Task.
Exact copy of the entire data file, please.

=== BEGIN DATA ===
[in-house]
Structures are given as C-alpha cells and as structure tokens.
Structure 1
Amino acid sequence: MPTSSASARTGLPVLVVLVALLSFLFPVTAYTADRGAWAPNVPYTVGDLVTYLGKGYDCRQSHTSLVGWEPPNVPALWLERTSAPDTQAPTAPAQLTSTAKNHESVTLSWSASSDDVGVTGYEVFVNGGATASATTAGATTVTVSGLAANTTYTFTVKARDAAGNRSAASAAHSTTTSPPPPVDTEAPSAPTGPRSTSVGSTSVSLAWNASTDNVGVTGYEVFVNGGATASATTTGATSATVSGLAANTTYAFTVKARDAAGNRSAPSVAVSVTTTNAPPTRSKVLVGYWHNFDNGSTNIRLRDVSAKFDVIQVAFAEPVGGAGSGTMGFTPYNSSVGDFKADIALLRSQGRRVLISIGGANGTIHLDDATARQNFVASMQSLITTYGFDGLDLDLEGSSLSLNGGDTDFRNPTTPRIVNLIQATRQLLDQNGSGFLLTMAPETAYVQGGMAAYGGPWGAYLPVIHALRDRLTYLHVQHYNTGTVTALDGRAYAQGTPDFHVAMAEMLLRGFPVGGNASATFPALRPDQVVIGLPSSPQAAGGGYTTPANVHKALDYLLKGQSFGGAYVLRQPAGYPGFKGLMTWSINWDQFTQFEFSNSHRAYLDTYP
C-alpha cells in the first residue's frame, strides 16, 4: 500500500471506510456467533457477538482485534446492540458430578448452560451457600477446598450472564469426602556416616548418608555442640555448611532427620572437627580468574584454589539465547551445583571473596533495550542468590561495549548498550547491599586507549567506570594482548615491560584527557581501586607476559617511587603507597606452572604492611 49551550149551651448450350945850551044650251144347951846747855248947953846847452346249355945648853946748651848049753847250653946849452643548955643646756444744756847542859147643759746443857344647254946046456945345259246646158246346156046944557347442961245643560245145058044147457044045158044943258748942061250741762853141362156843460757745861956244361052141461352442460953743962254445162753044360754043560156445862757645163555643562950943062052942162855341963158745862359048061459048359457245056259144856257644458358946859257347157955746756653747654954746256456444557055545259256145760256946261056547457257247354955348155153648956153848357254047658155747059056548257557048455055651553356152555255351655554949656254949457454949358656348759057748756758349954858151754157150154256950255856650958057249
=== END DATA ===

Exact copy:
[in-house]
Structures are given as C-alpha cells and as structure tokens.
Structure 1
Amino acid sequence: MPTSSASARTGLPVLVVLVALLSFLFPVTAYTADRGAWAPNVPYTVGDLVTYLGKGYDCRQSHTSLVGWEPPNVPALWLERTSAPDTQAPTAPAQLTSTAKNHESVTLSWSASSDDVGVTGYEVFVNGGATASATTAGATTVTVSGLAANTTYTFTVKARDAAGNRSAASAAHSTTTSPPPPVDTEAPSAPTGPRSTSVGSTSVSLAWNASTDNVGVTGYEVFVNGGATASATTTGATSATVSGLAANTTYAFTVKARDAAGNRSAPSVAVSVTTTNAPPTRSKVLVGYWHNFDNGSTNIRLRDVSAKFDVIQVAFAEPVGGAGSGTMGFTPYNSSVGDFKADIALLRSQGRRVLISIGGANGTIHLDDATARQNFVASMQSLITTYGFDGLDLDLEGSSLSLNGGDTDFRNPTTPRIVNLIQATRQLLDQNGSGFLLTMAPETAYVQGGMAAYGGPWGAYLPVIHALRDRLTYLHVQHYNTGTVTALDGRAYAQGTPDFHVAMAEMLLRGFPVGGNASATFPALRPDQVVIGLPSSPQAAGGGYTTPANVHKALDYLLKGQSFGGAYVLRQPAGYPGFKGLMTWSINWDQFTQFEFSNSHRAYLDTYP
C-alpha cells in the first residue's frame, strides 16, 4: 500500500471506510456467533457477538482485534446492540458430578448452560451457600477446598450472564469426602556416616548418608555442640555448611532427620572437627580468574584454589539465547551445583571473596533495550542468590561495549548498550547491599586507549567506570594482548615491560584527557581501586607476559617511587603507597606452572604492611 49551550149551651448450350945850551044650251144347951846747855248947953846847452346249355945648853946748651848049753847250653946849452643548955643646756444744756847542859147643759746443857344647254946046456945345259246646158246346156046944557347442961245643560245145058044147457044045158044943258748942061250741762853141362156843460757745861956244361052141461352442460953743962254445162753044360754043560156445862757645163555643562950943062052942162855341963158745862359048061459048359457245056259144856257644458358946859257347157955746756653747654954746256456444557055545259256145760256946261056547457257247354955348155153648956153848357254047658155747059056548257557048455055651553356152555255351655554949656254949457454949358656348759057748756758349954858151754157150154256950255856650958057249